The country’s growth rate can increase from 6% to 8% of g.d.p. if private sector investments grow from the current 19% of g.d.p. to 27%, a World Bank (W.B.) official said.
Ernesto May, W.B.’s South Asia Region Economic Policy Sector Director however admitted to reporters here on Monday that to achieve an eight percentage point gain in private investments was a humongous task (1% of g.d.p.=Rs. 50 billion). Those included f.d.i. and domestic investments.
A B.o.I. official said that f.d.i. inflows in the first five months of the year was U.S.$ 100 million (2% of g.d.p.) which was the same as last year. He attributed this sluggishness to the elections here, coupled with the global economic crisis. B.o.I. targets a U.S.$ one billion (20% of g.d.p.) f.d.i. inflow for the year.
Central Bank of Sri Lanka (C.B.S.L.) in its 2009 Annual Report expects the economy to grow by 7-8% in the medium term and says that the required investment to achieve such growth is 30% of g.d.p.
The economy is expected to grow by 6% this year, double that of last year’s growth rate of 3½% of g.d.p.
For an 8% growth, the private sector should be “crowded in,” said May.
“Creating fiscal space is the most challenging, especially giving fiscal space to the private sector.”
Economists blame that due to the country running huge budget deficits (it was 9.8% last year),that that has crowded out private sector investments due to high interest rates which make borrowings too costly.
Last year private sector credit growth by commercial banks was in negative terrain (-5.7% (Source: C.B.S.L.)) and this year to date it has been sluggish.
May said that the private sector is the engine of growth.
He said that the W.B. has a programme in place to facilitate access to finance for the s.m.e. sector.
“Sri Lanka was recently ranked 105th in the W.B.’s ‘Doing Business’ indicator, it’s sliding down in its competitiveness,”’ warned May. There are other countries to which investors can go to.
May further said that public investment has been targeted at 6% of g.d.p. But that investment needs to complement private sector investment. “It’s important to know to which areas public investments are directed at.”
Former Central Bank Governor W.A. Wijewardena in a recent lecture said that the Mexican Government in the 1980s invested in a world class port from the monies they got from exporting oil. “But no ship docked in that port,” he added. Shades of Hambantota Port, eh what?
May also emphasised the importance of increasing tax revenue. Tax revenue to g.d.p. was 15%, said May. He added that a 2½% g.d.p. cut in the fiscal deficit would add to a “1.5% per capita income gain.”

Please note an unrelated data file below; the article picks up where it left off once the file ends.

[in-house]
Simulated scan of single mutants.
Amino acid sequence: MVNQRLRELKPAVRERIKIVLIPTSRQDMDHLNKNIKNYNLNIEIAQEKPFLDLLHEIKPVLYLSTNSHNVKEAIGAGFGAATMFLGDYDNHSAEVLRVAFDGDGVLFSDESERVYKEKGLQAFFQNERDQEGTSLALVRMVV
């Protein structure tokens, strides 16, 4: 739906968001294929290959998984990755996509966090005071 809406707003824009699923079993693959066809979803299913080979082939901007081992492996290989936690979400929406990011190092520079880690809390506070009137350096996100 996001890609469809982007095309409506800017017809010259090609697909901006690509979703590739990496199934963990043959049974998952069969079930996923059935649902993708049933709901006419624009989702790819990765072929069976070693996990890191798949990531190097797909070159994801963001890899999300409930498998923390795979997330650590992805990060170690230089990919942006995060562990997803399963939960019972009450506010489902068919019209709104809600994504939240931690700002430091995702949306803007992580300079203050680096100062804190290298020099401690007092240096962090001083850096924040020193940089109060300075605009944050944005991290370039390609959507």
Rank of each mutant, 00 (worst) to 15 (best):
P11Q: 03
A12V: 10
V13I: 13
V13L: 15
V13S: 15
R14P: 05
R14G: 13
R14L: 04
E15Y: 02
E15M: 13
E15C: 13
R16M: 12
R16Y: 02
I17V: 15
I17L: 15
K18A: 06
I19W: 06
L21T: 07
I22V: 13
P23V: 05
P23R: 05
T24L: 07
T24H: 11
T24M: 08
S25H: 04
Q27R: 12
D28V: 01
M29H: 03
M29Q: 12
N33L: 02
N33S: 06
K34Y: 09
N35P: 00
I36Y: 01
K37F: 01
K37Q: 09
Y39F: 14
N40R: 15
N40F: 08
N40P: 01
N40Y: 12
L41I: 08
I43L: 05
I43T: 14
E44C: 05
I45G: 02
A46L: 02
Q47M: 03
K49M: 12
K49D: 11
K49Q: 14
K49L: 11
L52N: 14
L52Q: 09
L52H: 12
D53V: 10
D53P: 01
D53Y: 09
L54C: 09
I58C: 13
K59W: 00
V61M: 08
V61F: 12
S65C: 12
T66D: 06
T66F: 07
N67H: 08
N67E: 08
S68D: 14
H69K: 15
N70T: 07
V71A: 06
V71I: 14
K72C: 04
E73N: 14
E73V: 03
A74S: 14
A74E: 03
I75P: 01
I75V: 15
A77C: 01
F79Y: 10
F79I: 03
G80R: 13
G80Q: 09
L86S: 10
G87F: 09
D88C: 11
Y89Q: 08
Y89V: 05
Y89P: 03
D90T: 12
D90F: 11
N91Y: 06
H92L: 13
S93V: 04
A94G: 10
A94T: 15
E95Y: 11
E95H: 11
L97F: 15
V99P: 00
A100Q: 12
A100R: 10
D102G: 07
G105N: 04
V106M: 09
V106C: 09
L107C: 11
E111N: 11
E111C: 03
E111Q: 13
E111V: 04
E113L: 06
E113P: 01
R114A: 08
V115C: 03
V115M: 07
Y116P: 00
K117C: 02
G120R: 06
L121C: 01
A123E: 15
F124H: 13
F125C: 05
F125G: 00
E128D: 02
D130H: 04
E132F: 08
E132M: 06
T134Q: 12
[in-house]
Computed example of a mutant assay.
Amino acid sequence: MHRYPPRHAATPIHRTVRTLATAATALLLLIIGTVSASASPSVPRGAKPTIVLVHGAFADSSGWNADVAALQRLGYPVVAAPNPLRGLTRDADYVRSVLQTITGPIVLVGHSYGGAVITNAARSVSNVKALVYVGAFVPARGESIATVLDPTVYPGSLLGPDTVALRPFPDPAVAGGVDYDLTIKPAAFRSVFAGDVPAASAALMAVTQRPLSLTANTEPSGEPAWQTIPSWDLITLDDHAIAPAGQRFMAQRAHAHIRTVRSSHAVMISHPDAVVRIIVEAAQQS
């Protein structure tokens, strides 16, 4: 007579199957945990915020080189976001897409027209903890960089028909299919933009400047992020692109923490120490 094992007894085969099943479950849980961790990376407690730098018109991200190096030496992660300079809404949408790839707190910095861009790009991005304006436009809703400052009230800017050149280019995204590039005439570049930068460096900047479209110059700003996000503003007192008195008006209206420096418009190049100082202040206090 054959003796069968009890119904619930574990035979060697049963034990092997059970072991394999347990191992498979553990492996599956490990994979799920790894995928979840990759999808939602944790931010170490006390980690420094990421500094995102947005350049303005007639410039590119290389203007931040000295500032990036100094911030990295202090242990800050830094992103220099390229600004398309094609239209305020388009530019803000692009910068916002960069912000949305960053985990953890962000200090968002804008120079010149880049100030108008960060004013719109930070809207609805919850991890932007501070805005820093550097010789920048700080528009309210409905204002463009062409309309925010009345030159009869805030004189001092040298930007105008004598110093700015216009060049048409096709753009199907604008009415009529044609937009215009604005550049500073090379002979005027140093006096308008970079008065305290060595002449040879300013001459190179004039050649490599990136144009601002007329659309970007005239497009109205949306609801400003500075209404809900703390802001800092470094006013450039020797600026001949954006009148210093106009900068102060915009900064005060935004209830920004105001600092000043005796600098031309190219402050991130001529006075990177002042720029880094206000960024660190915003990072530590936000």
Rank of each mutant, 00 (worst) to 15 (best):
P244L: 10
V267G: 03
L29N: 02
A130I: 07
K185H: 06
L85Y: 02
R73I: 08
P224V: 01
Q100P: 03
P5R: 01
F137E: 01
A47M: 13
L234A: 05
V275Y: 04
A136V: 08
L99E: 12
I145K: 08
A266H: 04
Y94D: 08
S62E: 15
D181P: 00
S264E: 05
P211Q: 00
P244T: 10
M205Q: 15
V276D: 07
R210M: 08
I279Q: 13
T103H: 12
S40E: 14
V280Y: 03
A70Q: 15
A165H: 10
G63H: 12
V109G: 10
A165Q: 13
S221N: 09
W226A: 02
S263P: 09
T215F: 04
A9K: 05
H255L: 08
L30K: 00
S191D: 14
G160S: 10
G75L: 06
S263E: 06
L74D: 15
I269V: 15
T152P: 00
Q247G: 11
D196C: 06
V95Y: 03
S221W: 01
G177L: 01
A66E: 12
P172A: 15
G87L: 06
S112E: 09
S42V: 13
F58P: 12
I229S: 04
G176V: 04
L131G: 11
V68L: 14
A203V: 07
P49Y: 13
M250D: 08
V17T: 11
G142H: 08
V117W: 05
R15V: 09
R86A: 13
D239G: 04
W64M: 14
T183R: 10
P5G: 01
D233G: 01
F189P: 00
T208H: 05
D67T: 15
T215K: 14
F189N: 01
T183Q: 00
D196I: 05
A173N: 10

Sri Lanka’s per capita g.d.p. income last year was U.S.$ 2,053 according to C.B.S.L. President Mahinda Rajapaksa in a recent interview to a foreign newspaper said that his intention was to double Sri Lanka’s per capita income to U.S.$ 4,000 by the end of his tenure in office which is 2016.
May also warned of the dangers of running huge public debt. “In this part of the region public debt is over 60% of g.d.p.,” he said. Sri Lanka ran a public debt of 86% of g.d.p. last year, with Government revenue virtually eaten-up by debt servicing.
“Recent events in Greece and Portugal have shown the dangers of running huge public debt,” said May.
He also emphasized the importance of restructuring state owned enterprises and proper subsidy targeting. “Petroleum sector and subsidies eat-up to between 4-6% of g.d.p.”
The end of the conflict would however result in a 2% gain to the economy, provided the right policies are in place.
May placed the importance of sustainable peace, especially finding jobs to the ex-combatants and the youth of this country.
W.B. Country Director in Sri Lanka Ms. Naoko Ishii said that the recent restructuring of ministries geared to be private sector friendly was a welcome sign. The public sector is questioning the role of the state which is also a welcome sign.
The public sector needs to be a facilitator, with the right policies in place, so that the private sector could take-off. Space is being provided to the private sector.She said that in their programmes in the North and East, those are targeted at the grassroots levels, in particular listening to the “voice of the people,” in formulating their development strategy. She stressed the importance of not only rehabilitating the physical infrastructure in the war torn areas, but also its human capital. It was also told at this briefing, which was a video conference focusing on South Asia (S.A.), and linked up with W.B. offices in Nepal and Washington, the importance of S.A. to “go East,” giving the example of Maldives, which now attracts a high volume of Chinese tourists.
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